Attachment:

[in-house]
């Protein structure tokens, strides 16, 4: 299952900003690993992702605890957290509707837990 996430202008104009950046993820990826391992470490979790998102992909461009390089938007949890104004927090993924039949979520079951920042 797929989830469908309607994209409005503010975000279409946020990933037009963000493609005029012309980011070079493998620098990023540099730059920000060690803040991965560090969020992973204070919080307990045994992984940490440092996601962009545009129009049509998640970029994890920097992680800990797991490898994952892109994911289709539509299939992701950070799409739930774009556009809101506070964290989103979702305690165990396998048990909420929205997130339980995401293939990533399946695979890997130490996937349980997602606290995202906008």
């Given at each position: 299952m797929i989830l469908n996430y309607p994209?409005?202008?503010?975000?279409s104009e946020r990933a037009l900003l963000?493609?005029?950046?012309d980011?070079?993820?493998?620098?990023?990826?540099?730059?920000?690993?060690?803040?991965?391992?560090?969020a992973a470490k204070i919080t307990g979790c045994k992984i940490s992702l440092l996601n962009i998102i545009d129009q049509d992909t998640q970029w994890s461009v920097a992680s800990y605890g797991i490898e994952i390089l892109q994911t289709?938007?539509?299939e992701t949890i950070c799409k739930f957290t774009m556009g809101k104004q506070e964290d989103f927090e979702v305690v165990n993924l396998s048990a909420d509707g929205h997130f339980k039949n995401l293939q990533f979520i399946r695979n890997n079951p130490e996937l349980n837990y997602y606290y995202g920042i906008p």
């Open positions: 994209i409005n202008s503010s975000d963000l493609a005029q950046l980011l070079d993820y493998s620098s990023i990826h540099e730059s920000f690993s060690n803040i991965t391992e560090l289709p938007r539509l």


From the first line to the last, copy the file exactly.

[in-house]
């Protein structure tokens, strides 16, 4: 299952900003690993992702605890957290509707837990 996430202008104009950046993820990826391992470490979790998102992909461009390089938007949890104004927090993924039949979520079951920042 797929989830469908309607994209409005503010975000279409946020990933037009963000493609005029012309980011070079493998620098990023540099730059920000060690803040991965560090969020992973204070919080307990045994992984940490440092996601962009545009129009049509998640970029994890920097992680800990797991490898994952892109994911289709539509299939992701950070799409739930774009556009809101506070964290989103979702305690165990396998048990909420929205997130339980995401293939990533399946695979890997130490996937349980997602606290995202906008």
């Given at each position: 299952m797929i989830l469908n996430y309607p994209?409005?202008?503010?975000?279409s104009e946020r990933a037009l900003l963000?493609?005029?950046?012309d980011?070079?993820?493998?620098?990023?990826?540099?730059?920000?690993?060690?803040?991965?391992?560090?969020a992973a470490k204070i919080t307990g979790c045994k992984i940490s992702l440092l996601n962009i998102i545009d129009q049509d992909t998640q970029w994890s461009v920097a992680s800990y605890g797991i490898e994952i390089l892109q994911t289709?938007?539509?299939e992701t949890i950070c799409k739930f957290t774009m556009g809101k104004q506070e964290d989103f927090e979702v305690v165990n993924l396998s048990a909420d509707g929205h997130f339980k039949n995401l293939q990533f979520i399946r695979n890997n079951p130490e996937l349980n837990y997602y606290y995202g920042i906008p």
């Open positions: 994209i409005n202008s503010s975000d963000l493609a005029q950046l980011l070079d993820y493998s620098s990023i990826h540099e730059s920000f690993s060690n803040i991965t391992e560090l289709p938007r539509l």